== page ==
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June 26, 1988|Gordon Adams | Gordon Adams, director of the Defense Budget Project at the Center on Budget and Policy Priorities, is the author of "The Policies of Defense Contracting: The Iron Triangle" (Council on Economic Priorities). and

WASHINGTON — Once again Washington is mired in a defense procurement scandal, one that appears to involve dozens of Defense Department employees and consultants, at least 20 leading defense contractors and billions of dollars. As the debate takes shape, defenders of the system argue that it "worked"--culprits are under investigation and will presumably be brought to justice.

At the level of criminal investigation, the system does seem to have worked. Yet at a deeper level, the defense acquisition system has failed. Instead of buying the best defense at the best price, without corruption, it has bought a good defense at an incredibly expensive price, with what appears to be considerable cheating at the expense of taxpayers.

There are laws governing acquisition; they appear to have been violated broadly. The question is not whether we are catching lawbreakers; it is why there was so much temptation and opportunity to break the laws in the first place.

The Defense Department invited the lawbreakers to the table by undertaking an excessively rapid expansion of the budget while stripping away its own capacity to administer the buildup and taking an unusually laissez-faire approach to how the money was managed.

By contrast with other peacetime periods, defense budgets of the 1980s were unusually generous: Between 1981 and 1985 the defense budget grew 50% above inflation, faster than for any other major federal program. Moreover, the centerpiece of the buildup was funding for new weaponry--budgets for procurement actually grew 100% after inflation.

Even though the defense budget has been cut 10% in the past four years, actual defense spending remains at a level that is higher, after inflation, than at any time since the end of World War II--higher, even, than all but one year of the Korean War and one of the Vietnam War.

The market for the defense industry is larger than it has ever been. Every year the Pentagon orders $150-billion worth of goods and services from the private sector, ranging from boots and toilet paper to B-1B bombers. The Pentagon, in fact, buys 75% of the goods and services purchased by the entire federal government. Such a market created a great temptation for corruption. Temptation was not enough, however. There needed to be opportunity for corruption as well.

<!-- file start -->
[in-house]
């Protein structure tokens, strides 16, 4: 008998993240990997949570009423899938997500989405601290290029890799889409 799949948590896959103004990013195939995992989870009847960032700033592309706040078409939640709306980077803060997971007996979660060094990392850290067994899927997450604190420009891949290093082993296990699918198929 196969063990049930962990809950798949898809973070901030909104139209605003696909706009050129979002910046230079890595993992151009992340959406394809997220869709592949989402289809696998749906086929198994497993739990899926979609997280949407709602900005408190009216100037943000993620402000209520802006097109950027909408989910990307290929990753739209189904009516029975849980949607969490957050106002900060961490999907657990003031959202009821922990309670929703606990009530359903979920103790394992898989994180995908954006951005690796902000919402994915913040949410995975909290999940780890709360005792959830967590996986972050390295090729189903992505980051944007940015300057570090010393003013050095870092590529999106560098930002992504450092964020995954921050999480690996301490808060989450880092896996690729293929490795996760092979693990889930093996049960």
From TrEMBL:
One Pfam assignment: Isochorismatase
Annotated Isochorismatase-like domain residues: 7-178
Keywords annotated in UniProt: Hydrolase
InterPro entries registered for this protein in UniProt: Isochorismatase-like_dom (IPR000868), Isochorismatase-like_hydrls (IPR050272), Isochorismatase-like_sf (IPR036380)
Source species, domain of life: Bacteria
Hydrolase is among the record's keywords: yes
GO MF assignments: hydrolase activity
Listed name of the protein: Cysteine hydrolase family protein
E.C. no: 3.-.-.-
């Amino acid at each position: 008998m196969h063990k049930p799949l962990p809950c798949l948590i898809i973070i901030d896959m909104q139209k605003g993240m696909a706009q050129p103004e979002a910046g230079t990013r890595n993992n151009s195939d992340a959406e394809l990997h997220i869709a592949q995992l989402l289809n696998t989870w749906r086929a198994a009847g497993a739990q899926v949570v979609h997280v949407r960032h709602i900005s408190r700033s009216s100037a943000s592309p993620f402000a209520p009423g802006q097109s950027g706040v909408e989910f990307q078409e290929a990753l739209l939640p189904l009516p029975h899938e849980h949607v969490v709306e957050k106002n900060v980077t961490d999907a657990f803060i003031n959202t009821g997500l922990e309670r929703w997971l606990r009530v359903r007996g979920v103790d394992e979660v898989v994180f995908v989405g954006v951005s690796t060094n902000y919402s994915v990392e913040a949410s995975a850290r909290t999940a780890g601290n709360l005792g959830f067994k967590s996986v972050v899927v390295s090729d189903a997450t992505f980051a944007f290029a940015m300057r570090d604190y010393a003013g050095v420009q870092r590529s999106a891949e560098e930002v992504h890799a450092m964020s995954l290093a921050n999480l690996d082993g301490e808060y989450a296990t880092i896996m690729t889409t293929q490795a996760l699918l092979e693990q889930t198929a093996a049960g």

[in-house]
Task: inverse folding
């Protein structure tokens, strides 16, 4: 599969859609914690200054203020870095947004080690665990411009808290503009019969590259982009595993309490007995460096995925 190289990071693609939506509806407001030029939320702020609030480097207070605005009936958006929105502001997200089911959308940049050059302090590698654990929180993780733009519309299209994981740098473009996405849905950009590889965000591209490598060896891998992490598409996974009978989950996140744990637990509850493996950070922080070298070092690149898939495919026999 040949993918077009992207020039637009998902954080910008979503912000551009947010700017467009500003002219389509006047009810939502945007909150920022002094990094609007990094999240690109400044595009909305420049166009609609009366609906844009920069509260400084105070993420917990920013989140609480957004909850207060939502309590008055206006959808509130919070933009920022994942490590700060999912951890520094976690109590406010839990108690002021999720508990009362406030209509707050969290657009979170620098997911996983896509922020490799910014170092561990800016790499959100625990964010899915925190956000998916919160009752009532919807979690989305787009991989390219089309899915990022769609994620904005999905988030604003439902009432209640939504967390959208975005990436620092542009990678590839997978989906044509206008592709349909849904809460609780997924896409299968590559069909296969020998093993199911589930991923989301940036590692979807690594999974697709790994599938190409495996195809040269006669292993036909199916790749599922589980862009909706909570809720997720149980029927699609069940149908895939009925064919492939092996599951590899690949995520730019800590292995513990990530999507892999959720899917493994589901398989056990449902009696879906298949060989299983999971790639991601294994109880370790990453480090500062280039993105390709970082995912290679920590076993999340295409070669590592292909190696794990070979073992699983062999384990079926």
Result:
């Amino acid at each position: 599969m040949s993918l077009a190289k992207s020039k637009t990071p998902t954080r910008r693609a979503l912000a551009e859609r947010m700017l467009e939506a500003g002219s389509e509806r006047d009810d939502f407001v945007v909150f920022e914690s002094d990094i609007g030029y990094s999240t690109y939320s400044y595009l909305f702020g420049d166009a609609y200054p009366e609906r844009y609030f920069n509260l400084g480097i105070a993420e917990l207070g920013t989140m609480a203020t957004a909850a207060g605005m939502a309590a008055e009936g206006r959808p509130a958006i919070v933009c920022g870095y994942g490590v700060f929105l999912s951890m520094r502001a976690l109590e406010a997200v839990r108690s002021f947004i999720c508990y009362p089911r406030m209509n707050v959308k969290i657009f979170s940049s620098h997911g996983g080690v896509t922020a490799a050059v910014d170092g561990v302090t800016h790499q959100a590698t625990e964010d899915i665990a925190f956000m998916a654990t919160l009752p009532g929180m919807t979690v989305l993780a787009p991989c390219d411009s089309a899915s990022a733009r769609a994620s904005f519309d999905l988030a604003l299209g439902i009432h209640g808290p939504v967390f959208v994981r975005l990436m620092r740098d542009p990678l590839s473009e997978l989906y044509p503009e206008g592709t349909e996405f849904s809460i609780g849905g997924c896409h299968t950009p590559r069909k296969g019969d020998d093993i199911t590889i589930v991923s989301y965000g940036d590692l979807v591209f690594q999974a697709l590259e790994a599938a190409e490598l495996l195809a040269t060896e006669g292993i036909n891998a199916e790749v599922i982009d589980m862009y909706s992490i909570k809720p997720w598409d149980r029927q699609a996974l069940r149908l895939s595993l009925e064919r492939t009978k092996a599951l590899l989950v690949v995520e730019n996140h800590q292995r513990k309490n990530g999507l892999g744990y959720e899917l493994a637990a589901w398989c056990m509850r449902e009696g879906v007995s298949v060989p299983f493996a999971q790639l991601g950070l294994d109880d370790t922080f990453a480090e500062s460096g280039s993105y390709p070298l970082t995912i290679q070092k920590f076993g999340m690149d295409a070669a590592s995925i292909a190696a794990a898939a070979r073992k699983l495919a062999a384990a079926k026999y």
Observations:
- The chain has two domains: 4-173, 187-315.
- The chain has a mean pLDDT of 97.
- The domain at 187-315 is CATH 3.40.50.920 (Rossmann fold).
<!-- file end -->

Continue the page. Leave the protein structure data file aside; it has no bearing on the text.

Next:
The way the defense buildup was managed created that opportunity. Effective and experienced management, with appropriate accountability starting at the top of the Defense Department, might have staved off the kind of scandal now being revealed, even though the rush of funding made it unlikely. Unfortunately, the opposite approach was taken from the start of the 1980s.

Leadership was the first problem. Although the top ranks of the Defense Department included competent people, they were, for the most part, singularly lacking in acquisition experience. Only one of the top appointees, Richard D. DeLauer, had significant background in defense contracting, while Navy Secretary John F. Lehman Jr. had done some contracting work as a consultant. The others had government, legal or business experience, but not in defense acquisition.

More important was the management approach. At the very start, then-Deputy Secretary of Defense Frank C. Carlucci laid out 32 management initiatives, designed to streamline the process and decentralize acquisition, putting more responsibility in the hands of the military services and the offices in charge of weapons programs within those services. At the same time, the initiatives reduced the number of weapons programs that would be subject to top-level review in the Defense Department and raised the thresholds for reporting on programs to higher levels, meaning fewer weapons programs would be subject to review by higher-ups.

As a result, the central offices in the Pentagon lost the ability to control, review and hold accountable in any systematic way, actions being taken at lower levels.

With diminished accountability, each service went off in its own direction. The Army appears to have muddled along with its existing structure, buying significant amounts of new weaponry, most of it begun during the Carter Administration, but finding it hard to get new programs from the drawing board to the battlefield.

The Air Force kept its structures, expanded its procurement and research budgets rapidly and moved a number of new programs--such as the F-19 fighter and the B-2 bomber--into the category of the "black" budget, where public information is denied on grounds of national security.

The Navy abolished its internal acquisition agency--the Naval Materiel Command--in 1985, expanded its procurement funding and centralized major purchasing decisions in the hands of top-level appointees.

Each service seemed comfortable about telling central Pentagon management pretty much what it wanted to about the status of programs and, in an atmosphere of generous funding, resisted major changes in purchasing plans or procedures suggested from the top.

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